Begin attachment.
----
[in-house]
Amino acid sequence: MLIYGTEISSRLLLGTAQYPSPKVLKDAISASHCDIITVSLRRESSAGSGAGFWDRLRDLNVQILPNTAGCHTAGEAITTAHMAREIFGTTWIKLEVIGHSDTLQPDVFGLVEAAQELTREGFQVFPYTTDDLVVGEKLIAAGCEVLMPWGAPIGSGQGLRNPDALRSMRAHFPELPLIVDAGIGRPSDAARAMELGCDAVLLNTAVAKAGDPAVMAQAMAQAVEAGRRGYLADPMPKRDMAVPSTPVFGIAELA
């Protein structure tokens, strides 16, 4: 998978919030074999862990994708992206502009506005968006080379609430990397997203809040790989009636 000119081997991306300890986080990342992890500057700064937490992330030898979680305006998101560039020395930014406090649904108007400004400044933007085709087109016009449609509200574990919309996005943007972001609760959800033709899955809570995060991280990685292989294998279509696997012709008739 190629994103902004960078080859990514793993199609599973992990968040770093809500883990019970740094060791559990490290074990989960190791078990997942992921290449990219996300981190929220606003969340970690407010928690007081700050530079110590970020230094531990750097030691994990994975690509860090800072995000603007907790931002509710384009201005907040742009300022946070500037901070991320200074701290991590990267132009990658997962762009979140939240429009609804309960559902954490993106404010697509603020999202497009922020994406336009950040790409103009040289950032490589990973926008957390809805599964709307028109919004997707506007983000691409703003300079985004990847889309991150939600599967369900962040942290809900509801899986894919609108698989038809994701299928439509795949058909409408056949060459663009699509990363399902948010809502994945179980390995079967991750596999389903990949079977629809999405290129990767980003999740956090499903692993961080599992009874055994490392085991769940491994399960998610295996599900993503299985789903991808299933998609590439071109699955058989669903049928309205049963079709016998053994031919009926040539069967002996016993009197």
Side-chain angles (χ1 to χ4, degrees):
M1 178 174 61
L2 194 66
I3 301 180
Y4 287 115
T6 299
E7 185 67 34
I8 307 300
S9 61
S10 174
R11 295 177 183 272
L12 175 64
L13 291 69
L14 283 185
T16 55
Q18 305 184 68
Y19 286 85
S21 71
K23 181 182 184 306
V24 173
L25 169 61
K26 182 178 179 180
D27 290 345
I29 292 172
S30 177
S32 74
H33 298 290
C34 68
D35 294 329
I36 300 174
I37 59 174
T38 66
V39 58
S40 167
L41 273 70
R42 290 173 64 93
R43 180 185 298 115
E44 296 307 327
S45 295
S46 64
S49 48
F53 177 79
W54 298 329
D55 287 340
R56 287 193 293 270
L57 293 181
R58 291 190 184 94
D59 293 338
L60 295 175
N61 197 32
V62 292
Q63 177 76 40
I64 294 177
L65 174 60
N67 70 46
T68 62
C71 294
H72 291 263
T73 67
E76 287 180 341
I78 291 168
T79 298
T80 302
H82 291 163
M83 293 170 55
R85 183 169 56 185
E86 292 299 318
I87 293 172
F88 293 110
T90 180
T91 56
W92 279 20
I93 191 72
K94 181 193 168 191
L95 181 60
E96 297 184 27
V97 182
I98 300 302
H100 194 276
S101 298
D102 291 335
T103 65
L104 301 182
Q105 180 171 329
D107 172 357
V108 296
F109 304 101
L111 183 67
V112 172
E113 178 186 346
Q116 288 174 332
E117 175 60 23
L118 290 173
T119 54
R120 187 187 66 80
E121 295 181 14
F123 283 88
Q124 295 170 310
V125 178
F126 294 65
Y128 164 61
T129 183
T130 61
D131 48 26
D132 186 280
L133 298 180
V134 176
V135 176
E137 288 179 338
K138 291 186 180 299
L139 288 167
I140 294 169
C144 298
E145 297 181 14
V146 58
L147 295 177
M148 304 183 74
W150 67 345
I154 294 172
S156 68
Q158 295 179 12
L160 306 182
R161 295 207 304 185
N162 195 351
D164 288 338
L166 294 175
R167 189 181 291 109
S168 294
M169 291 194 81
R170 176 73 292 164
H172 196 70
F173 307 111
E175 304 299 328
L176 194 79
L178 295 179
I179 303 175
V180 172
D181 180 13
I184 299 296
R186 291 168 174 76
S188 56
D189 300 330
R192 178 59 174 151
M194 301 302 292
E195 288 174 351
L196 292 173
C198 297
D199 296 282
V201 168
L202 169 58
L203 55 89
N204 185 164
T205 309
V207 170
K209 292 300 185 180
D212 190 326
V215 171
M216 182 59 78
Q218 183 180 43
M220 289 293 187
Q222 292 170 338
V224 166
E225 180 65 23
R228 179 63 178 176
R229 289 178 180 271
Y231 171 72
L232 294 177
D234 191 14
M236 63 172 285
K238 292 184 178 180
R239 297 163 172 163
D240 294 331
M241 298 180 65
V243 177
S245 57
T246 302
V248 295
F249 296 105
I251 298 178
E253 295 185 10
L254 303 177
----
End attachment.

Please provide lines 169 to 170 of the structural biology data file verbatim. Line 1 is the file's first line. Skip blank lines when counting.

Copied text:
Y231 171 72
L232 294 177